The flow through an espresso puck is turbulent. Channeling is when water over-extracts part of the puck and under-extracts the other part Instead of passing through the espresso evenly. Water does not flow through the puck in even straight lines. The flow has random eddies and currents within it. The faster the flow, the more likely there will be channeling. Think of the water as the weather and the grounds as a plane. The plane can experience turbulence in certain weather, in this case, faster flow and higher pressure. If you can presoak your espresso before pressurizing the extraction, slowly saturate the puck so there is no flow from the portafilter screen in the first 4-12 seconds of the brew. 12 seconds is usually best but not always possible. Not every set up allows for presoaking, so you can always use other variables like manual pressure, grind, and dose to help control the rate of flow and reduce channeling. If you are experiencing channeling or restricted flow during your shot, adjust the grind coarser when the extraction is going too slowly and finer when the extraction is going too fast. If you are still having issues, increase the dose to slow down the extraction and decrease the dose to speed it up. Now you know the basics of pulling a double shot of espresso.
3. Steaming Milk- Stretch, Swirl, Treat and Transfer
Milk is full of fat, sugar, and protein. The sugar is called lactose which is made up of galactose (my favorite sugar because it sounds like a supervillain) and glucose. These are both sweet sugars on their own, but stuck together as a disaccharide, they are only mildly sweet. The smaller the sugar molecule, the faster it dissolves on your palate and the sweeter it tastes. We heat up the milk to naturally sweeten it. Keeping milk cold before we heat it up keeps the proteins tightly coiled and ready for micro-foaming. Always use milk between 37-40F for steaming. As you heat the milk the fats get thinner and melt so that the protein molecules loosen up. The proteins become hydrophobic and attach to the fats to avoid the water molecules. As air is introduced into the milk by lowering the pitcher on the steam wand, the proteins and fats create a resilient bubble around the air and the bubble gets harder to pop. This allows us to compact the bubbles through swirling and create a dense shiny micro-foam. Only introduce air into the milk before 95 degrees and the bubbles will lock in at a tiny size and become micro-foam. If you keep steaming the milk beyond 95 degrees, the protein will become completely denatured causing big loose bubbles. At this point the foam goes past the point of being fluid, and it becomes rigid and stiff on top. When this happens, the milk does not glide across your palate the same way that micro-foamed milk does. At around 140 degrees, the milk is sweet and flavorsome, and the sugars have broken down to their sweetest form. Steaming the milk above 145 degrees scalds the milk and there is less sweetness because the sugars have completely broken down, and the protein becomes completely denatured tasting almost burnt. Be aware that milk temperatures continue to rise after steaming stops like a resting steak continues to cook even after its out of the pan.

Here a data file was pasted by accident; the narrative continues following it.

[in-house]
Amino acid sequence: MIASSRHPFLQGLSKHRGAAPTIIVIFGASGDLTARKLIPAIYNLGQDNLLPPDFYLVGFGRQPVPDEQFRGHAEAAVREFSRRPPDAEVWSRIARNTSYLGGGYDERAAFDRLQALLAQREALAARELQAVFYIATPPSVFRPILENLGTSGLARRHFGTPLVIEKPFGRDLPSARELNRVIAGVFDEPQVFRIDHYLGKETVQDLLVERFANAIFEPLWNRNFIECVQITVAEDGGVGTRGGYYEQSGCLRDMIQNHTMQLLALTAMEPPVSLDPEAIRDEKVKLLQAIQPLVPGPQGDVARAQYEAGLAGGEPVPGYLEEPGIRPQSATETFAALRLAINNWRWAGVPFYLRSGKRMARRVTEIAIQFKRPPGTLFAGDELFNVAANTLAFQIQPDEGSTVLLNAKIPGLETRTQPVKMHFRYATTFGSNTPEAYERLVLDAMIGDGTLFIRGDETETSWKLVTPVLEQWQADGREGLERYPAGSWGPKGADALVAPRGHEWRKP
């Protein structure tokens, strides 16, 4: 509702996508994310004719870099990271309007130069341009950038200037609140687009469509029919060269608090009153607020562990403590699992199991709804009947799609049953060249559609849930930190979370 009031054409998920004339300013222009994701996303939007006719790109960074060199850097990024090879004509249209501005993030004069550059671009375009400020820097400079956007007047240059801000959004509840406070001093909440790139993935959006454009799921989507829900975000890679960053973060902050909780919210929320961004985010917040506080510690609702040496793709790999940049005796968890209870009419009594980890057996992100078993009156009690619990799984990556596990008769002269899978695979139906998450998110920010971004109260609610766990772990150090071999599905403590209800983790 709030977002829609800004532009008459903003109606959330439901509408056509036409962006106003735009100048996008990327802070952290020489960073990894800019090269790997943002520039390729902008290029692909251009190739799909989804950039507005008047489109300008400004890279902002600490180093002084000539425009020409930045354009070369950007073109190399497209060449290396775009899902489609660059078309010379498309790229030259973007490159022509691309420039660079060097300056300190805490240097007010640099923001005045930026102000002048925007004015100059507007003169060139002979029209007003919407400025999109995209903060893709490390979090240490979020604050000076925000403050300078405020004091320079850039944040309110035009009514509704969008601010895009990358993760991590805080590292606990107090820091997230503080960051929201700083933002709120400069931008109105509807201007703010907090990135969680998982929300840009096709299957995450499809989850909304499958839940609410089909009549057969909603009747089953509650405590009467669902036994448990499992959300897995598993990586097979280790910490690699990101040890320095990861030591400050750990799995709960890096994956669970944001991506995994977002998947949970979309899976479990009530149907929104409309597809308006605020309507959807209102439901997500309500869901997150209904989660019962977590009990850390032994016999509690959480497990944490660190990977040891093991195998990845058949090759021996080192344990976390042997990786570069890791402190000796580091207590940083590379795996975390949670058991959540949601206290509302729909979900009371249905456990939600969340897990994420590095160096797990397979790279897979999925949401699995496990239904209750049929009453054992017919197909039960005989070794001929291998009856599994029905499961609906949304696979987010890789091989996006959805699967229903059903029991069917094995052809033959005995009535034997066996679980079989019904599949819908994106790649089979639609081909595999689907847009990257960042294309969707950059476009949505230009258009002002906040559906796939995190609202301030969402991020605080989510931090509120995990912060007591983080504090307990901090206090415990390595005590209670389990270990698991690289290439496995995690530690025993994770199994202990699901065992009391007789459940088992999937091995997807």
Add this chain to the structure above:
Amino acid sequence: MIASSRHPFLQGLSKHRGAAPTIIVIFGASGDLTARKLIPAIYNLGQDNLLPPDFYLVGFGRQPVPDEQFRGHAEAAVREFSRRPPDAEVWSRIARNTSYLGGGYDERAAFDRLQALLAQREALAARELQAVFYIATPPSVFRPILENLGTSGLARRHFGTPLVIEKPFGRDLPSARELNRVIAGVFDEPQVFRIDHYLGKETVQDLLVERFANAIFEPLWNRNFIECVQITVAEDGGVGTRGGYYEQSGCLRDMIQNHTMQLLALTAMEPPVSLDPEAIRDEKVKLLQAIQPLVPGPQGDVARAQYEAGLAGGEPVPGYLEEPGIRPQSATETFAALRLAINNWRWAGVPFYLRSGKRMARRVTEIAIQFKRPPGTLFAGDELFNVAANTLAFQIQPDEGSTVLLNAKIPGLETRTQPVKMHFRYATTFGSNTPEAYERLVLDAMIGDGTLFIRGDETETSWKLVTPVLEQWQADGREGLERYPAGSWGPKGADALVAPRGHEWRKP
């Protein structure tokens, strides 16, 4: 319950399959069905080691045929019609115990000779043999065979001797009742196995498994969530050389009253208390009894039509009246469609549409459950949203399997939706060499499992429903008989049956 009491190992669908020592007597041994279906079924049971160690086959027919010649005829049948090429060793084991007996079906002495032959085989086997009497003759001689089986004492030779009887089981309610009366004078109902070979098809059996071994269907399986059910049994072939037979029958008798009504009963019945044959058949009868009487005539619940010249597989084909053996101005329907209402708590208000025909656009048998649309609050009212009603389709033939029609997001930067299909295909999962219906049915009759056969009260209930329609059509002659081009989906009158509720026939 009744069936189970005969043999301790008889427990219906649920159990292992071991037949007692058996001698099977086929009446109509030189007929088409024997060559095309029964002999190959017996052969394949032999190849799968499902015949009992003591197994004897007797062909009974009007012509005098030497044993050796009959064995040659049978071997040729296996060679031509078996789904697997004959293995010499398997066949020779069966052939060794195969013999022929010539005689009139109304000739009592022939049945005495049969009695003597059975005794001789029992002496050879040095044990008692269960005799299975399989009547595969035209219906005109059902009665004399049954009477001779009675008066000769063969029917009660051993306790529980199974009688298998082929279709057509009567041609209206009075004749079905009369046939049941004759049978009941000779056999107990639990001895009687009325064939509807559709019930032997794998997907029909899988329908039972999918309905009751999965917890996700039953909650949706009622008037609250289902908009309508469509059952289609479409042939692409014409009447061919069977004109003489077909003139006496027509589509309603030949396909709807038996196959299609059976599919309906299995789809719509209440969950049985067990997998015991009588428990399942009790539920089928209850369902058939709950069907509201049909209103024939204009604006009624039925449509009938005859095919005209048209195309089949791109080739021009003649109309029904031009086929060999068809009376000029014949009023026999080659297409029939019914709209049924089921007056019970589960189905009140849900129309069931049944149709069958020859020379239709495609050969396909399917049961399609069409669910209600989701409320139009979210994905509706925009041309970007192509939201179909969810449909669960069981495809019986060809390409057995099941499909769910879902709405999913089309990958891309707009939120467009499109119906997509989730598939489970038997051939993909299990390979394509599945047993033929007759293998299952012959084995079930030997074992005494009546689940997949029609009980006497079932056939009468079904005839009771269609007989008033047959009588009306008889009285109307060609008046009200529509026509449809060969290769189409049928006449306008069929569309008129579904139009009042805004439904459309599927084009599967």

Once you are done steaming the milk you need to treat it. Knock the bottom of the pitcher gently and flatly on the counter to pop any larger bubbles and swirl the milk pitcher firmly in a tight, level circular motion until it is shiny. Pretend there is a thread running through the very center of the pitcher from top to bottom and you are making the tightest circular movement possible around it. Once there are no visible bubbles and the surface is shiny like glossy white paint, you are ready to pour. Some baristas transfer the milk to another pitcher before pouring. This is done to remove floating fats from the milk and is especially helpful when using milk alternatives that can be greasier and difficult to steam into micro-foam.
4. Pouring and Presentation
Once you have freshly brewed silky espresso in your cup and steamed shiny micro-foam in your milk pitcher, you are ready to pour. Tilt the cup so that it is at a 45-degree angle and pour a thin stream into the center of the espresso. Move the pitcher’s stream slowly in a circular motion to blend the espresso and the micro-foam in the cup. Do your best to maintain the golden surface on top while mixing the espresso and milk into one homogeneous fluid. Once the cup is half full, center your pour in the cup and move the pitcher backwards and forwards once quickly. Once you move the stream you are pouring forward, stop at the bottom center of the cup and rapidly move the pitcher in a tight left-right-left-right wiggling motion while you pull the pitcher towards the center top of the cup. At this time, you must pour quicker and closer to the cup than at any other time so far as you start your wiggle and pour. It is counter intuitive, and you will want to slow down because you are filling the cup but now is when you must pour the hardest. As you start your wiggle and pour motion, move the cup slowly from a 45-degree angle to flat and lift the pitcher as you guide the stream through the white circle to make a heart.
5. Practice and Take Notes
Practice, Practice, Practice. Everyone that is good at latte art kept practicing and trying it until one day it just happened for them. Muscle memory comes with time. Keep a log of the details of your favorite brews and anything you learn as you go. How do darker or lighter roasts behave in your set up? Which coffee origins taste best to you? Do you like blends or single origins best? What brand of milks and alternatives work best for you? What tips do your favorite baristas have for you? This will be a priceless reference as you start your journey to making excellent coffee, and a great guide for others who want to join you.